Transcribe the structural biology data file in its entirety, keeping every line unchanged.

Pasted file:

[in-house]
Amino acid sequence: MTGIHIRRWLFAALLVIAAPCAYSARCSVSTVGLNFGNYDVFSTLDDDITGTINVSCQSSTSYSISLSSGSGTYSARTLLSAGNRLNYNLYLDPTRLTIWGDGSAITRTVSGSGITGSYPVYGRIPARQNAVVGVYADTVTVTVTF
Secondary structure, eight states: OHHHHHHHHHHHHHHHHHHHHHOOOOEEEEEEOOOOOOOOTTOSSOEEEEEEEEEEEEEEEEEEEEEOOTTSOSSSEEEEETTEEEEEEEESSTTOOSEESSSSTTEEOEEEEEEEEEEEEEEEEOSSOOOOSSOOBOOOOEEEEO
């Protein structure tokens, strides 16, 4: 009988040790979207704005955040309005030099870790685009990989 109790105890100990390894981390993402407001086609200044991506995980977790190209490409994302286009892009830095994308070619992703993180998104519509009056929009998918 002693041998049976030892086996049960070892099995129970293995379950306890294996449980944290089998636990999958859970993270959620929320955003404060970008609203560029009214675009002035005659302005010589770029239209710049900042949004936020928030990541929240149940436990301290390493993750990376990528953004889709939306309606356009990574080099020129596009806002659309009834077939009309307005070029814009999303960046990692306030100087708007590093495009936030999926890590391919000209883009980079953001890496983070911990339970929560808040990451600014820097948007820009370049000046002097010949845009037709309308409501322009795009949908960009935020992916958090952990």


[in-house]
Amino acid sequence: MTGIHIRRWLFAALLVIAAPCAYSARCSVSTVGLNFGNYDVFSTLDDDITGTINVSCQSSTSYSISLSSGSGTYSARTLLSAGNRLNYNLYLDPTRLTIWGDGSAITRTVSGSGITGSYPVYGRIPARQNAVVGVYADTVTVTVTF
Secondary structure, eight states: OHHHHHHHHHHHHHHHHHHHHHOOOOEEEEEEOOOOOOOOTTOSSOEEEEEEEEEEEEEEEEEEEEEOOTTSOSSSEEEEETTEEEEEEEESSTTOOSEESSSSTTEEOEEEEEEEEEEEEEEEEOSSOOOOSSOOBOOOOEEEEO
């Protein structure tokens, strides 16, 4: 009988040790979207704005955040309005030099870790685009990989 109790105890100990390894981390993402407001086609200044991506995980977790190209490409994302286009892009830095994308070619992703993180998104519509009056929009998918 002693041998049976030892086996049960070892099995129970293995379950306890294996449980944290089998636990999958859970993270959620929320955003404060970008609203560029009214675009002035005659302005010589770029239209710049900042949004936020928030990541929240149940436990301290390493993750990376990528953004889709939306309606356009990574080099020129596009806002659309009834077939009309307005070029814009999303960046990692306030100087708007590093495009936030999926890590391919000209883009980079953001890496983070911990339970929560808040990451600014820097948007820009370049000046002097010949845009037709309308409501322009795009949908960009935020992916958090952990």